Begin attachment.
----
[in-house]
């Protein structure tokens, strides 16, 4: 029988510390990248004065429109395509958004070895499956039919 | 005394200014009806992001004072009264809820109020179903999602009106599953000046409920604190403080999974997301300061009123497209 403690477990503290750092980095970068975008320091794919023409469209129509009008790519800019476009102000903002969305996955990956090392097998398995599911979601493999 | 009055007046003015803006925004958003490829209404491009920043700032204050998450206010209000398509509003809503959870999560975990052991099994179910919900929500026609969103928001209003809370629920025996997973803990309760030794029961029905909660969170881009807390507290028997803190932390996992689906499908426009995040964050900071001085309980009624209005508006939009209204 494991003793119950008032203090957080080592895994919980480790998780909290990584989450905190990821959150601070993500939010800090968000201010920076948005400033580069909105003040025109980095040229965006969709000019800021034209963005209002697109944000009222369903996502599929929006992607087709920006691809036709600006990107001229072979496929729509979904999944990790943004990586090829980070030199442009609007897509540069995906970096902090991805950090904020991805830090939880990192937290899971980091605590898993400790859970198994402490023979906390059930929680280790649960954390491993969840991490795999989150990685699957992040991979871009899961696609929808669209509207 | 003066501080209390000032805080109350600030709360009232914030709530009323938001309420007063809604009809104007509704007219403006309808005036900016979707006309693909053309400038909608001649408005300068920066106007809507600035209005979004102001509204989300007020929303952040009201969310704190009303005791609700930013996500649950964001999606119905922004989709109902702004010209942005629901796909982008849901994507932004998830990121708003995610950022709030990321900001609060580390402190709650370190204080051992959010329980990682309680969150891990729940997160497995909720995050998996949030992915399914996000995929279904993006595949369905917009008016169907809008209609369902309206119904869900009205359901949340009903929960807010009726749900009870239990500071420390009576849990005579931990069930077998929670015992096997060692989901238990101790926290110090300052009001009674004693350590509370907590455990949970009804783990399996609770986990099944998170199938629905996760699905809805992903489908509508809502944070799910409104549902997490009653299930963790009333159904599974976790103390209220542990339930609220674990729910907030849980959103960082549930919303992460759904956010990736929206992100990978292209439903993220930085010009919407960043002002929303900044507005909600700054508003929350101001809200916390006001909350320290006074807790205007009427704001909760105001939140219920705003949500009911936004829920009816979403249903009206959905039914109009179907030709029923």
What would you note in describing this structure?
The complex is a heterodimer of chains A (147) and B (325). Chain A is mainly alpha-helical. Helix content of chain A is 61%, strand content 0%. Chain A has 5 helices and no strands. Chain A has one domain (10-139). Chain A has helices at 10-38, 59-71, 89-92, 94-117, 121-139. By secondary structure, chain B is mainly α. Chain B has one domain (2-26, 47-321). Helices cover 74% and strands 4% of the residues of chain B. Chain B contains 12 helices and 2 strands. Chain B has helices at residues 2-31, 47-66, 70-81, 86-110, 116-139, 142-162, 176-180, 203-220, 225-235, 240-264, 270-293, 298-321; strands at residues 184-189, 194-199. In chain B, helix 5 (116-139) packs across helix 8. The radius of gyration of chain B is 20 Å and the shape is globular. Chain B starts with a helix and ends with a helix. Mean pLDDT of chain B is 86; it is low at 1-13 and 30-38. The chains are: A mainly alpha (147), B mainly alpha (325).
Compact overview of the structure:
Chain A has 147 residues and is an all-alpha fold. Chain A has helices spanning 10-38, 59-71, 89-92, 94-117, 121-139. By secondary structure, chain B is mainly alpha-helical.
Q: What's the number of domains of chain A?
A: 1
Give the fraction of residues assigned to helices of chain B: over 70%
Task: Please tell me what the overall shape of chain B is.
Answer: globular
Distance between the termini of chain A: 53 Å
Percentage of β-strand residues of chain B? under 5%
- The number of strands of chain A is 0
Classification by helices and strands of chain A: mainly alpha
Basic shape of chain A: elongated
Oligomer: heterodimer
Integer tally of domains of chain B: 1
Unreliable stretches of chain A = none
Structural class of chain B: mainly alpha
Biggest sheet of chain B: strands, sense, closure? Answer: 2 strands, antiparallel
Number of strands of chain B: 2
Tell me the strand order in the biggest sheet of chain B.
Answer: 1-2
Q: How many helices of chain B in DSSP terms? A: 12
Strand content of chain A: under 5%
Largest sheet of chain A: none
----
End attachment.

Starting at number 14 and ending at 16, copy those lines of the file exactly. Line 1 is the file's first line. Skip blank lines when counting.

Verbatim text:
- The number of strands of chain A is 0
Classification by helices and strands of chain A: mainly alpha
Basic shape of chain A: elongated